Ancient artifacts were discovered on Australia’s west coast seabed, opening up new barriers for resource companies to protect the heritage of the indigenous people and the oil industry.
Hundreds of stone tools were discovered by archaeologists in July in Western Australia, off the Dampier Archipelago. The new findings suggest that indigenous people lived in that particular area for as long as 7,000 years.
Studies suggest that the Archipelago was once dry, the period coinciding with the timeline of the tools.
Two sites have been identified as the primary settlement areas by the archaeologists. However, the locations of imperative value are just three miles east of the regions, identified where Woodside Petroleum, Australia’s best gas producer, plans to build a brand new pipeline.
The pipeline is to connect the Burrup Peninsula’s gas plant, Pluto, to the gas field of Scarborough.
The company is currently in talks with the archeologists involved in the discovery and Murujuga Aboriginal Corp (MAC), the owners of the land on which the pipeline is to be built.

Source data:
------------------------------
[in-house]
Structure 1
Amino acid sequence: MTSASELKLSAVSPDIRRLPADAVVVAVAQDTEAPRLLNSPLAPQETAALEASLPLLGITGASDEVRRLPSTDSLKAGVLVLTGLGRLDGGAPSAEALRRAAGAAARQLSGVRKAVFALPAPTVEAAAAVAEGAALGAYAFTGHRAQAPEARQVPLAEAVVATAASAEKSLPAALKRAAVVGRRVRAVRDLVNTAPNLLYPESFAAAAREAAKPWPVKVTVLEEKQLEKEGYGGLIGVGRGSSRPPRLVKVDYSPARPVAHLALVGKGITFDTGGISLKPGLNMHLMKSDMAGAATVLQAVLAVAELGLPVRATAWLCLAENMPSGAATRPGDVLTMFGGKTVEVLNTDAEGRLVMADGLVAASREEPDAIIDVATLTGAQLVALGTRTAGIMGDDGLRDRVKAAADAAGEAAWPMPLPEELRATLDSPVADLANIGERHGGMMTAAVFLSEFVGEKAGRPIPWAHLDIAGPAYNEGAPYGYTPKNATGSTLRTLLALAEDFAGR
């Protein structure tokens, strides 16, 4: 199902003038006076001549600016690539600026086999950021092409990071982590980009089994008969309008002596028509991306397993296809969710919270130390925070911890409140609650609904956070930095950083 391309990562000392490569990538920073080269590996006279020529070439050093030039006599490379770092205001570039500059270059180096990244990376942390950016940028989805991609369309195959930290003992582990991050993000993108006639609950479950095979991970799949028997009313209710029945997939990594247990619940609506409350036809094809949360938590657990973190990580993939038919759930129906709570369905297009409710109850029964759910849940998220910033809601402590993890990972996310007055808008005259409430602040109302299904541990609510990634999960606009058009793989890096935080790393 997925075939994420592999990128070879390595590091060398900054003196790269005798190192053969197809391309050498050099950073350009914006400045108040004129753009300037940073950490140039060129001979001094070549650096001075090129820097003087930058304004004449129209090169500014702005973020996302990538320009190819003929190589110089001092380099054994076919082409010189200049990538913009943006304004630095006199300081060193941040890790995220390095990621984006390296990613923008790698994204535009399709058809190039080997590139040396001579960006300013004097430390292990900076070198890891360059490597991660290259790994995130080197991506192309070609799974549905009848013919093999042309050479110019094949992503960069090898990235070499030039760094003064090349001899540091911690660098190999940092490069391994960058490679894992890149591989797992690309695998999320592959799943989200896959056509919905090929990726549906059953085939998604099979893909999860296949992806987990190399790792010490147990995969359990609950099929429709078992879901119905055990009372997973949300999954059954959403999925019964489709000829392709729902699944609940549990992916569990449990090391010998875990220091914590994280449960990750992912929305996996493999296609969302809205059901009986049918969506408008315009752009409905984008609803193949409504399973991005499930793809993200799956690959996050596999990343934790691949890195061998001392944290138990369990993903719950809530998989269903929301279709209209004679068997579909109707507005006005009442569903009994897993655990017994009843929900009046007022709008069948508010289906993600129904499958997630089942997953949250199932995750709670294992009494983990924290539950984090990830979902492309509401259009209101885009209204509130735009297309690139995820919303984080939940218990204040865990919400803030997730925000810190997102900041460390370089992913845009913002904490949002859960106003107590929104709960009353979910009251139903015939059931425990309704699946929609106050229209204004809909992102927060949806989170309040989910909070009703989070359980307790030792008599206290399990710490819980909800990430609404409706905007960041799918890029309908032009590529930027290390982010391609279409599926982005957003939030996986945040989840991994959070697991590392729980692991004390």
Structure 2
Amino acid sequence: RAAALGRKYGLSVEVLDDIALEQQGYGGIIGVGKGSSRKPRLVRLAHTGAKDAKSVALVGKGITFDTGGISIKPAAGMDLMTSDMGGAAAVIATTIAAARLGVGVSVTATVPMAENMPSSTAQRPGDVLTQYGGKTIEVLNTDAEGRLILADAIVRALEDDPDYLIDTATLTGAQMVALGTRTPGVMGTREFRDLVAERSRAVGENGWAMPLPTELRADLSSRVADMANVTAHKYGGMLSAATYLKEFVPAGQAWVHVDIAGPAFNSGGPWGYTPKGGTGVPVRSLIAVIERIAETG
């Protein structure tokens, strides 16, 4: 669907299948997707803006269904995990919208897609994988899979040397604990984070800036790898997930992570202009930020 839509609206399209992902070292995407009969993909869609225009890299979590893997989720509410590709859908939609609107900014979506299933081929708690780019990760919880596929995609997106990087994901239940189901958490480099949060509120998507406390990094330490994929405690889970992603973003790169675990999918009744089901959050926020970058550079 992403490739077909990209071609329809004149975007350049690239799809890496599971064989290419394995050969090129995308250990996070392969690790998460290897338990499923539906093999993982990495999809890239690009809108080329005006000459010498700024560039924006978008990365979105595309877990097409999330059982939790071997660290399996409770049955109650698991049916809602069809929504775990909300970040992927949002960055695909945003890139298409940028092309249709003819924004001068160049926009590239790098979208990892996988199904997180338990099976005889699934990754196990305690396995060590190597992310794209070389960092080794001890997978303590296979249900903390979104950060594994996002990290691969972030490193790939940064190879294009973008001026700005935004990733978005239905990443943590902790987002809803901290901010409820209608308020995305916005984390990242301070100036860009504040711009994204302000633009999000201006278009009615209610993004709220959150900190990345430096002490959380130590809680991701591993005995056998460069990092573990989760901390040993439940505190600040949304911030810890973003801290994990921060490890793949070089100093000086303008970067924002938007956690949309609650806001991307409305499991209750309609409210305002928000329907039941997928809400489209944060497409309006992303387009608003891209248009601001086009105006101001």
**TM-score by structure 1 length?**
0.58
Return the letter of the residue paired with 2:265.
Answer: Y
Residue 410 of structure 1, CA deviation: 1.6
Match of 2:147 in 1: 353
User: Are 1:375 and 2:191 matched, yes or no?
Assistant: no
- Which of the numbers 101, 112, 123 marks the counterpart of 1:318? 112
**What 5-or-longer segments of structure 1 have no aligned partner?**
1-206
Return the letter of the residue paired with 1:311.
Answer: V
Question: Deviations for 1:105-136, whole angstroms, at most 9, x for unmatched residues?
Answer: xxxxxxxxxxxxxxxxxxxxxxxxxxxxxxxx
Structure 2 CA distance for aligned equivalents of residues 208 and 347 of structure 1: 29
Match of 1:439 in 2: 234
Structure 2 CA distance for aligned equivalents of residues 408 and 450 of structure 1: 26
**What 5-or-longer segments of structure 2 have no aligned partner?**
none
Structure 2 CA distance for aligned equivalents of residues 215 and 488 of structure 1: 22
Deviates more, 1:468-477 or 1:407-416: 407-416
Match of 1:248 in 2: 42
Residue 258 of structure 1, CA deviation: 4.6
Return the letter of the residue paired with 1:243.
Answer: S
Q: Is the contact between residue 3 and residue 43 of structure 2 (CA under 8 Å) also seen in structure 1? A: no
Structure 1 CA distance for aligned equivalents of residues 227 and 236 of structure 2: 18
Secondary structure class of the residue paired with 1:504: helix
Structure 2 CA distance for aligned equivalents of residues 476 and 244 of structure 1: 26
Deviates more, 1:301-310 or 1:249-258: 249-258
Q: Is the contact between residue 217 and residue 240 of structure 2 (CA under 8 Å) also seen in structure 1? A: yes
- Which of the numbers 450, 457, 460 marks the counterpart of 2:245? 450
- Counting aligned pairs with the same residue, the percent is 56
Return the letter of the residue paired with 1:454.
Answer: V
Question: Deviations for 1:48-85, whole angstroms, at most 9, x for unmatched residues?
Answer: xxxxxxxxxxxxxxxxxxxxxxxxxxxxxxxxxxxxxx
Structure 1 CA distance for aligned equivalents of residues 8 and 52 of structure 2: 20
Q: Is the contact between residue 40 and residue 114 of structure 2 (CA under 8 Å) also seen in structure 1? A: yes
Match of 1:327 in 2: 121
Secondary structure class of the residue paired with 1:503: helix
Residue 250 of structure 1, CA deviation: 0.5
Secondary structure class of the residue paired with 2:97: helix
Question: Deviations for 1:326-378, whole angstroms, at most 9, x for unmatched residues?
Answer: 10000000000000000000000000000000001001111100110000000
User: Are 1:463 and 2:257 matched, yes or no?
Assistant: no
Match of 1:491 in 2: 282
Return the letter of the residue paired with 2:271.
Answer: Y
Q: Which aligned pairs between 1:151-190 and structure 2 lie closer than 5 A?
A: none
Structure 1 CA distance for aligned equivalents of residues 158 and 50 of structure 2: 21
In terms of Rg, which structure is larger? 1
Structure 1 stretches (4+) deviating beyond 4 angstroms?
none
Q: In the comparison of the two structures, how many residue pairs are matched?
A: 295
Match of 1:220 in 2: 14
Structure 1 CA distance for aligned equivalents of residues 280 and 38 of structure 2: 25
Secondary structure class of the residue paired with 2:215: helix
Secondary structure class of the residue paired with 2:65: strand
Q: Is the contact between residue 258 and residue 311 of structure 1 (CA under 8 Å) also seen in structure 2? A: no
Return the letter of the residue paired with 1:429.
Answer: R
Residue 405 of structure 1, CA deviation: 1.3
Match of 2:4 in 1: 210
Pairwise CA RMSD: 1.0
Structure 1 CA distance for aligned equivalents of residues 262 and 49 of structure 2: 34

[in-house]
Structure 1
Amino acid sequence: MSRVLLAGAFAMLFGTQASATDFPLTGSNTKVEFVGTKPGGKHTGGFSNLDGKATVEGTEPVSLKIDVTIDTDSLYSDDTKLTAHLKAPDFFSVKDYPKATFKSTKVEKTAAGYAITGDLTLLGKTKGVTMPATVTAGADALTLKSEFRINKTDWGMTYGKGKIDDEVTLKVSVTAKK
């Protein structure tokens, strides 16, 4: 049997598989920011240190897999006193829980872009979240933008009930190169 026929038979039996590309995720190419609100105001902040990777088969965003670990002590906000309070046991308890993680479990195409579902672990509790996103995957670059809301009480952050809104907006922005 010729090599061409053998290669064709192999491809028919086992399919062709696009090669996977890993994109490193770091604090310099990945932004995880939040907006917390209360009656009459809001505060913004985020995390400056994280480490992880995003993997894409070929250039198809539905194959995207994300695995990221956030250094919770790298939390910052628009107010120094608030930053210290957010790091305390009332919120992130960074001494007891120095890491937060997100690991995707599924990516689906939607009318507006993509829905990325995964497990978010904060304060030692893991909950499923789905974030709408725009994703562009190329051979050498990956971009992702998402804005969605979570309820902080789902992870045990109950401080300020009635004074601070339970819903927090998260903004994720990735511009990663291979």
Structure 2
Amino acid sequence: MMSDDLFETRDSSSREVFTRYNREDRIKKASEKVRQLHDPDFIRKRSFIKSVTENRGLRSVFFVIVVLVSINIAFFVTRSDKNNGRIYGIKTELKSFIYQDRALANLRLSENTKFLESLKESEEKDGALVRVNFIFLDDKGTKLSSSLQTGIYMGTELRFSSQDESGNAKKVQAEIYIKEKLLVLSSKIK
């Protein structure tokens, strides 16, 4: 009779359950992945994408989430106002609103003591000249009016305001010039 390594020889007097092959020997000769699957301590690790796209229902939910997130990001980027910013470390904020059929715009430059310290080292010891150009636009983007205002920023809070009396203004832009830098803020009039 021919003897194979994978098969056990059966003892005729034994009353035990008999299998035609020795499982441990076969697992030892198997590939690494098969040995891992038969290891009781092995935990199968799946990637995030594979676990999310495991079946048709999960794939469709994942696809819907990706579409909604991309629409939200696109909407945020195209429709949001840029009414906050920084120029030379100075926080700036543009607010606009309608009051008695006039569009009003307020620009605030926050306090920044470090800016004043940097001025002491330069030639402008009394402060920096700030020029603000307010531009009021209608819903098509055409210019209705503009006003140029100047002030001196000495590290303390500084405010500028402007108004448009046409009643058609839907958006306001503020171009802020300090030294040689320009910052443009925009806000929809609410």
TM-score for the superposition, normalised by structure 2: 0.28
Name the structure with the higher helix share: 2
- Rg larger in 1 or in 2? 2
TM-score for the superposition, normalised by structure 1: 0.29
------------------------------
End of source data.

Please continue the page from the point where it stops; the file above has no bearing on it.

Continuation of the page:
The MAC raised concerns over the loss of valuable submerged heritage regardless of whether it has been discovered yet or not. The Chief Executive of MAC, Peter Jeffries, stated that a thorough investigation is required before any definitive conclusion is reached.
The company is extremely understanding of the process and recognizes the potential of the area while ensuring that extensive surveys onshore and offshore.
Woodside’s chief executive Peter Coleman, during a conversation with Reuters, stated that it was the first time in Australia that Submerged Heritage is considered in building a pipeline on the shore of Scarborough.
Other measures are also being taken by the company to help smooth the process.
MAC’s development plan
MAC is in talks with Woodside Petroleum to develop a heritage management plan as well as a soil disposal management plan for Scarborough, to help the development and discovery process.
The Australian law only protects sunken airships and shipwrecks as cultural heritage underwater. However, after much probing, the late ’90s brought about an amendment, and ever since, the artifacts can also be treated as indigenous, only upon the approval of any recognized minister. The step is crucial and too cumbersome as per the archaeologists of MAC.
The oil industry takes underwater heritage very seriously and believes that the ocean floor surrounding Australia is vast and full of knowledge, which must be explored at all costs.
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